@[Account] Check out [Article] for more tips on [Recently Tweeted topic]
8. Problems that your post solves
The best type of content in all of content marketing is that which solves a problem your target market has. If you can become a trusted source of information for solving common problems, it will be easier to convince your market that your products or services can help them.
These Tweets push people to surface a problem they’re having in their mind. They may have had the problem in the past, and were not able to find a solution. Or they may have been having a nagging in the back of their mind that your Tweet puts into words.
Hubspot does a great job of utilizing this tactic. Not only to they Tweet about a common problem, but they tell you that their resource can solve it:
9. Thanking people who have shared or commented on your article
These are simple “Thank you” messages that mention the person who commented on or shared your article.
This type of Tweet is great for two reasons:
The commenter will feel the love. They’ll be happy that their comment was viewed thoughtfully. And this will propell them to Retweet you and come back to your blog and comment again.
People will see that there is activity happening on your blog post. Nobody likes to be the only person at a party. If you can promote the fact that a number of people are commenting on your post, others will be enticed to see what has got everyone talking.
10. Are you attending [conference]? Brush up on [knowledge]
Conferences are great for piggybacking off of. They garner a ton of promotion, buzz and attention in a short time frame. During the lead up to the conference, everyone is watching for news and information about it - especially on Twitter.
For these types of Tweets, find out the hashtag or Twitter handles for the conference or conference coordinator. This is what people will be following for news about the conference. Create a Tweet with the hashtag/handle included.
11. Evergreen Best Practices
Most blog posts include evergreen content, meaning it’s lessons and information is useful for a long time. This means that you can tweet about them multiple times over an extended period.
One of the biggest myths about blogging is that after it’s first launched, a post is dead. This is wrong! Unless your post is about breaking news or weekly trends, it can be promoted over an extended period of time to drive traffic. Check out two examples below:
12. Ask a question as a point of discussion
In “2. Questions that are answered” in the article I showed how to create tweets from the information you provide in the article. This one is a bit different. It’s meant to start a discussion and get people thinking about an (possibly contentious) issue.
Jeff Bullas does a great job of this by playing on the state of the social media industry - an ever-contentious issue. Do your best to not fall on one side of the issue in your Tweet. Save that for a “Question-answered” or “Key Takeaway” Tweet. In those say why the issue is shifting to that side and how a business can get ahead of the curve.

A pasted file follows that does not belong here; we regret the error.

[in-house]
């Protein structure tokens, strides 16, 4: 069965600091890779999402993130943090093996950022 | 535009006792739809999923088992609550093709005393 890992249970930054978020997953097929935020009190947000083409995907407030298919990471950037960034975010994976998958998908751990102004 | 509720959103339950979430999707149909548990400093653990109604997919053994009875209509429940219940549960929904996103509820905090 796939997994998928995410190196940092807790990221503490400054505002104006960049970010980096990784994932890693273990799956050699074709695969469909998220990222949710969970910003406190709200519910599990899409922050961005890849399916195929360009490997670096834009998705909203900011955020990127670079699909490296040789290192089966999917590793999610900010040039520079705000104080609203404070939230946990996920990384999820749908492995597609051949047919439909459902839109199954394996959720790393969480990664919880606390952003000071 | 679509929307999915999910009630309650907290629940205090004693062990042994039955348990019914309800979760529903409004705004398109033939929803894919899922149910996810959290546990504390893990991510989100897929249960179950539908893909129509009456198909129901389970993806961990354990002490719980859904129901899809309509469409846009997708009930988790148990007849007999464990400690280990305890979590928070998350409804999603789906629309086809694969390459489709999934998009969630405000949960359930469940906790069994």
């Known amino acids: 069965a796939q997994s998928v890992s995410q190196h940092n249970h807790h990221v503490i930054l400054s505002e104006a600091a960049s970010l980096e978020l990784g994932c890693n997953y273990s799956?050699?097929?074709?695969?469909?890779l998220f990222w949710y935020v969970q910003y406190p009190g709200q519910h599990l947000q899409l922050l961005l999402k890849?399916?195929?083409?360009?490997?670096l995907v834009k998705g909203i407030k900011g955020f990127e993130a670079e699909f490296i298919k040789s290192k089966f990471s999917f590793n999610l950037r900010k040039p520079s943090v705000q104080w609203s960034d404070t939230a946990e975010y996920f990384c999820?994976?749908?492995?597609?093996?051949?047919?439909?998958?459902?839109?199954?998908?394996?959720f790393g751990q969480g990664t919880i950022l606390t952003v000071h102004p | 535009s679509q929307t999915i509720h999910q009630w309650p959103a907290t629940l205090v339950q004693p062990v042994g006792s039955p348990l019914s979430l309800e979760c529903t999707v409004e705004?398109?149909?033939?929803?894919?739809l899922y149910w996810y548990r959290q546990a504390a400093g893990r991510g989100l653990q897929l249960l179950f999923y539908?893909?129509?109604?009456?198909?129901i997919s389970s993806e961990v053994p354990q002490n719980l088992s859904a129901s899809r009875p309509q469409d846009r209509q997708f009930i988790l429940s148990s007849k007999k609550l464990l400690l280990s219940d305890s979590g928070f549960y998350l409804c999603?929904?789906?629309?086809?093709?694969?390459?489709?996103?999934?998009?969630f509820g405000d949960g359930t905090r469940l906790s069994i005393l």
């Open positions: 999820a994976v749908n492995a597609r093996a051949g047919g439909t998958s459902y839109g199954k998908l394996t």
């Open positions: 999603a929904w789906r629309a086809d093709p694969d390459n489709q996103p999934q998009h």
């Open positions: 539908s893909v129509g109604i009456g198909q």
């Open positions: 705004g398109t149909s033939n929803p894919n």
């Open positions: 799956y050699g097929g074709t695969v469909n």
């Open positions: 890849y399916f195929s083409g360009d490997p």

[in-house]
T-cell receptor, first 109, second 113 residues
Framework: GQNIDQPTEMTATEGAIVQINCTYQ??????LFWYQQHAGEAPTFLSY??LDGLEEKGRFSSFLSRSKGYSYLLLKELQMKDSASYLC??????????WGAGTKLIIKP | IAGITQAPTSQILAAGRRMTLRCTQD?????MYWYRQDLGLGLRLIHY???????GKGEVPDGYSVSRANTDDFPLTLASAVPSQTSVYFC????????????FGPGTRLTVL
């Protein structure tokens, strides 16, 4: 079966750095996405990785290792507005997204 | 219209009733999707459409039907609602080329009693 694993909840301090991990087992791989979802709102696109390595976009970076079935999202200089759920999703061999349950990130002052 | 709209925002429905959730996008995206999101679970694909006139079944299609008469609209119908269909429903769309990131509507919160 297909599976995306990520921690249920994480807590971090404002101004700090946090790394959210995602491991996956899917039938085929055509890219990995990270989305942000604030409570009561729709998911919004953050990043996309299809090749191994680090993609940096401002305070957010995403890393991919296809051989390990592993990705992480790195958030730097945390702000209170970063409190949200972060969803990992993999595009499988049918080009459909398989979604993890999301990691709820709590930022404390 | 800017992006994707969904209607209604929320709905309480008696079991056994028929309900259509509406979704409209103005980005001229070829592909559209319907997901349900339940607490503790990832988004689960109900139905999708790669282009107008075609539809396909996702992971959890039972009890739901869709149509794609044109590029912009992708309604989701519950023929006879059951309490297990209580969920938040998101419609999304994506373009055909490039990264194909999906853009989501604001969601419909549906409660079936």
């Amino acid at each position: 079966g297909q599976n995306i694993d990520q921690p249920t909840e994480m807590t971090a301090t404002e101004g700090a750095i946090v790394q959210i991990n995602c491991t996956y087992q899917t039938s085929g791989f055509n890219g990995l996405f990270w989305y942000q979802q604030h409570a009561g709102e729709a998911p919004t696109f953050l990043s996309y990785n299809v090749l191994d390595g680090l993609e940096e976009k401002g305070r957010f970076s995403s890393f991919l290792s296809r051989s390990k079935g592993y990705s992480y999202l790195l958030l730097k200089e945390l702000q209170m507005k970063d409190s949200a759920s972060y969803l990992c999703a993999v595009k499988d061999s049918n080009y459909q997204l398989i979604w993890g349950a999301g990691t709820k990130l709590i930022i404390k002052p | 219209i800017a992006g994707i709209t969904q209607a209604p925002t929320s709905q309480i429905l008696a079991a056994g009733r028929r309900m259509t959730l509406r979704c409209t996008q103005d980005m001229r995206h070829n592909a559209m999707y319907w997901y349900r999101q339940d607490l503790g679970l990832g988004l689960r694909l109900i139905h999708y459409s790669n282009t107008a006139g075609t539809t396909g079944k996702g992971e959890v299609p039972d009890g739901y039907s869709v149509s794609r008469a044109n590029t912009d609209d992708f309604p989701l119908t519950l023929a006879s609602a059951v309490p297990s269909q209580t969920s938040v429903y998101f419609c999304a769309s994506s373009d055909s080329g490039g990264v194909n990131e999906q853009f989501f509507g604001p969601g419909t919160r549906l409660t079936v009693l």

13. How you can use [Blank] to get [Blank]
Does your post discuss how to use certain tools or applications to get results? Then this is for you. People who are comparing tools to use or are looking for a way to achieve a certain goal will click these every time.
Here are two examples from Jeff Bullas and Chris Ducker.
These types of Tweets can also be used for posts about specific techniques or tactics for achieving different results as well. Just like the Tweets about tools, it gives you a double-impact by being targeted to people who are thinking about using a specific tactic and people who are looking to achieve specific goals.
14. Learn a Secret about [Blank]
People’s curiosity is tickled by secrets. Everyone is on the lookout for an edge. Especially in industries like social media, where some people achieve huge success while most do not, people are always looking for the secret to take that leap forward.
But this isn’t anything new. Next time you’re checking out at the grocery store, read the covers of the magazines near the till. I guarantee that more than one will promote something like the “10 Secret Ways to Get Gorgeous Eyelashes” or “Kate Middelton’s Secret Post-Pregnancy Diet Plan”.
This example from Jeff Bullis is great because not only does it use the word “secret” but he magnifies the curiosity by saying its a secret “that Most People Don’t Know”.
Why is this important?
The more you can peak people’s curiosity, the higher your click-through-rate will be. Never be satisfied with the norm. Always look for a way to optimize.
This second example from Jeff Bullis is another great way to tickle people’s curiosity. Due to the success of experts, that so readily promote their success, people always want to know the things that experts know. People want to be able to not only emulate them, but understand how they think.
Tweets like this tap into people’s innate suspicions that the people at the top are hiding something - and those suspicions drive clicks.
The biggest lesson to remember is this: Blog posts don’t die after your first Tweet. They can be resurrected many times with great, targeted Tweets. Over the course of a few months you can Tweet about the same article over a dozen times, in unique ways. Pull out different takeaways, lessons and statistics to entice clicks from different audiences. You’ll see long-tail clicks for ages.